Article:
Scott Howson

Ex-Blue Jackets GM Scott Howson picked as next AHL president

Former Columbus Blue Jackets general manager Scott Howson will be the American Hockey League’s next president and CEO.

The AHL’s board of governors Friday unanimously elected Howson as Dave Andrews’ successor. Andrews served in that role for the past 26 years.

“It’s a completely different challenge for me,” Howson said by phone. “I’ve seen the league just grow in reputation and stature and presence over the last 20, 25 years. Dave’s been a tremendous leader. I care about it. I want it to continue.”

The 59-year-old, who has a law degree from Canada’s York University, takes over effective July 1. He is currently the Edmonton Oilers’ director of player development and previously spent six seasons as GM for Columbus.

Howson’s first management job came in the AHL, and he’s familiar with the history and tradition. After falling out of touch with the AHL while running the Blue Jackets, the Toronto native reconnected in recent years and was intrigued by the possibility of succeeding Andrews.

“There’s a unique purpose to this: You’re serving others as opposed to trying to win every game,” Howson said. “You’re acting in the best interest of the whole league, and I find that quite appealing.”

Howson said making sure every franchise is healthy and continuing to build the AHL’s brand are among his biggest tasks. It helps that he has a rapport with NHL commissioner Gary Bettman, deputy commissioner Bill Daly and many GMs.

“We know what we are,” Howson said. “We’re a development league. You’ve got to make sure that the relationship with the NHL head office and the NHL general managers and the teams, we’re serving their needs. You’ve got to take care of the product first and make sure that we’re serving the (NHL’s) needs.”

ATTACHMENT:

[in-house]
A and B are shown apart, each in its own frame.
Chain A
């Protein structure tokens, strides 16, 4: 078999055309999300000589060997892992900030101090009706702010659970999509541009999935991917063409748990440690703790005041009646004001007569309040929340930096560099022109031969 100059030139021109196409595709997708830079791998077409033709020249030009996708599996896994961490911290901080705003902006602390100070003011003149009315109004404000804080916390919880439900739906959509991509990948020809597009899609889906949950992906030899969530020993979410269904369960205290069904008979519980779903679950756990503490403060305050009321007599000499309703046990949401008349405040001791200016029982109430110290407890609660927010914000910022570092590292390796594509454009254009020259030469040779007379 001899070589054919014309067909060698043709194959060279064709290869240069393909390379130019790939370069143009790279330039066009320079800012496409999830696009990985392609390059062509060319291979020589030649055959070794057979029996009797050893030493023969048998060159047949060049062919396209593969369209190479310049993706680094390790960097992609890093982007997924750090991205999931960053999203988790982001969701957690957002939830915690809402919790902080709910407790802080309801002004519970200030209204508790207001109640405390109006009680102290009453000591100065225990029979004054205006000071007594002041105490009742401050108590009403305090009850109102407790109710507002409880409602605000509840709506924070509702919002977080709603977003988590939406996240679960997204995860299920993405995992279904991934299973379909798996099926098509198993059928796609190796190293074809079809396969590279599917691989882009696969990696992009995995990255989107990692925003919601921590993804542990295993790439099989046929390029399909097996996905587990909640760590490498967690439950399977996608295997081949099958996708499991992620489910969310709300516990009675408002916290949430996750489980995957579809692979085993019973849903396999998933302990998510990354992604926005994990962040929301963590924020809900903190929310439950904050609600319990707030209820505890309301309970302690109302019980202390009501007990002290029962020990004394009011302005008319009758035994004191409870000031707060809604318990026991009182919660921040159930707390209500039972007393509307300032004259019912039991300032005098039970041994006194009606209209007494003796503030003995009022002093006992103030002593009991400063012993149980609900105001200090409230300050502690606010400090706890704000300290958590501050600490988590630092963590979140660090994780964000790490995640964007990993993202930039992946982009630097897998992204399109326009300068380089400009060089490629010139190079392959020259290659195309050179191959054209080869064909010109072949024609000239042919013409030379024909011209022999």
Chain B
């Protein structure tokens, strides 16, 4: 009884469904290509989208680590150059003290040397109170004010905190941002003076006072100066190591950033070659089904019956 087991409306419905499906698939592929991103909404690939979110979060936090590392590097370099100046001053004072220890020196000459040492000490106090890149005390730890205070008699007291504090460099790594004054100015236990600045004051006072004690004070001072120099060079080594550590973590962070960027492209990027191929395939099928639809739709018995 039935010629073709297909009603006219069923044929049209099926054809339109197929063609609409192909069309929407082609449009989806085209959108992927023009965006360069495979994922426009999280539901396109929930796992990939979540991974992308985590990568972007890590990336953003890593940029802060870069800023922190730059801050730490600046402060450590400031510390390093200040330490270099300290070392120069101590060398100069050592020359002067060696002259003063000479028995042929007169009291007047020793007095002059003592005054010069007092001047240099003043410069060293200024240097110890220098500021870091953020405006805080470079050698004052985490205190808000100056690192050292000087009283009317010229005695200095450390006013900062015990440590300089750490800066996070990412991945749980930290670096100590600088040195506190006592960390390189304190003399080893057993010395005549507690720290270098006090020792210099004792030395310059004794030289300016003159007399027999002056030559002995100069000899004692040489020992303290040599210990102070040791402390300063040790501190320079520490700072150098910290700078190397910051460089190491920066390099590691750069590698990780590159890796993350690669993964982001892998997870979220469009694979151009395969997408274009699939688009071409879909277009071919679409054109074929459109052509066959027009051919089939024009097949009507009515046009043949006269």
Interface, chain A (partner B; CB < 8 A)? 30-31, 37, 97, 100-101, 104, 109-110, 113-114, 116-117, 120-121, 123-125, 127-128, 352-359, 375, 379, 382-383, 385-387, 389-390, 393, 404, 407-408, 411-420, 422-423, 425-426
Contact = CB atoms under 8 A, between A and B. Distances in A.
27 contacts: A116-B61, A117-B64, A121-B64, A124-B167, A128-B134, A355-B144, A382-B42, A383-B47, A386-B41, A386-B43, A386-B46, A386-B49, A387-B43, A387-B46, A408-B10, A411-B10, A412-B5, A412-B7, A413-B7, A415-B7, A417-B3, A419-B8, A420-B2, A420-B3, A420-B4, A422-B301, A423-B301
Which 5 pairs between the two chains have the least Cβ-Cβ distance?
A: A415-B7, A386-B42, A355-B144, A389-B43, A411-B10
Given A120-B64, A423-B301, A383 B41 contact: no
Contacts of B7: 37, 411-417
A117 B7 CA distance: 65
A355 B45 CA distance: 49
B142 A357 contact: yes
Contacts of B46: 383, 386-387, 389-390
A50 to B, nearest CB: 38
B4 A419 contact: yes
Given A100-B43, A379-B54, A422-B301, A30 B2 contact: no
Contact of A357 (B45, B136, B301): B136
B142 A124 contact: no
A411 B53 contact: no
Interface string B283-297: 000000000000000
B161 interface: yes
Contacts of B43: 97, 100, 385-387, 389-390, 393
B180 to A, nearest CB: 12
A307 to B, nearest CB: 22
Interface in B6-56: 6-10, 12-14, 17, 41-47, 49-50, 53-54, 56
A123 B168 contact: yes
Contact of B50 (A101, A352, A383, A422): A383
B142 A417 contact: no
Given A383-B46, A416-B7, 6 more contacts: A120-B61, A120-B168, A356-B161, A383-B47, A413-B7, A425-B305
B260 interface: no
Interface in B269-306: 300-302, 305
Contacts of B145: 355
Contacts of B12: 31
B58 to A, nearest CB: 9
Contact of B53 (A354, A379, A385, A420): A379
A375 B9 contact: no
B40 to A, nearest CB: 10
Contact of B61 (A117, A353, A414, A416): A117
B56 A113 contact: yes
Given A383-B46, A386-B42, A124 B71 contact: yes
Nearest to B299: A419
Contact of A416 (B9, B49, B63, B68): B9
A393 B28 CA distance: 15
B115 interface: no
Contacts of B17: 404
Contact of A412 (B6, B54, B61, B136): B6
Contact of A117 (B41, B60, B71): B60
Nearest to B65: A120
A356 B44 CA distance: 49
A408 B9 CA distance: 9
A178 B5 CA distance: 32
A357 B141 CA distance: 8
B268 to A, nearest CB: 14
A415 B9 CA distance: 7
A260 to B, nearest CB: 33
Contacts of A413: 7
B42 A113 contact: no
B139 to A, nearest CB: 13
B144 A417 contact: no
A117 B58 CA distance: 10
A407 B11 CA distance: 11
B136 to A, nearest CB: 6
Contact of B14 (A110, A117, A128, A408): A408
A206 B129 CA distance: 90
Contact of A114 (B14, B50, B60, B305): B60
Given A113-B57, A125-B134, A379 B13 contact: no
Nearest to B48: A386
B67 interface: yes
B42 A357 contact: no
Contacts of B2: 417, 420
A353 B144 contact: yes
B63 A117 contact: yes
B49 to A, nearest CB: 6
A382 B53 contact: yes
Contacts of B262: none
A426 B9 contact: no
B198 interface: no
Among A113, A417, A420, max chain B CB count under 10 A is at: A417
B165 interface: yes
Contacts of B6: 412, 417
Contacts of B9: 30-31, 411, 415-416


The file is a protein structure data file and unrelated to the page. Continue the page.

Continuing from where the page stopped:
Andrews is retiring but will remain chairman of the AHL’s board of governors.

“The American Hockey League from where he took over to where it is today as a business has progressed enormously,” Daly said of Andrews. “I think his legacy will be as an innovator and somebody who’s really helped grow the American Hockey League.”

Howson assumes control of a 31-team league that now extends to California. Andrews during his tenure oversaw the merger of the AHL and International Hockey League and expansion across North America.

“All very significant moves forward,” said Daly, who has worked closely with Andrews for more than a decade. “He’s also been very innovative and worked closely with our general managers in terms of testing rules and helping us understand the pros and cons of those rules.”

The AHL tested versions of 3-on-3 overtime and hybrid icing rules before they were implemented by the NHL.

Report: Jackets prospect Murray has torn labrum

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We told you the other night about Blue Jackets 2012 first-round pick Ryan Murray hurting his shoulder playing for his junior team. The update on how he’s doing doesn’t look promising.

Aaron Portzline of The Columbus Dispatch reports Murray may have a torn labrum in the shoulder. It’s unknown if he needs surgery to fix the tear, but if he does, he would miss up to four months of action.

“Surgery is not a certainty at this point,” Blue Jackets general manager Scott Howson said. “We aren’t going to make a decision until Dr. (Larry) Watson is able to see him and examine him.”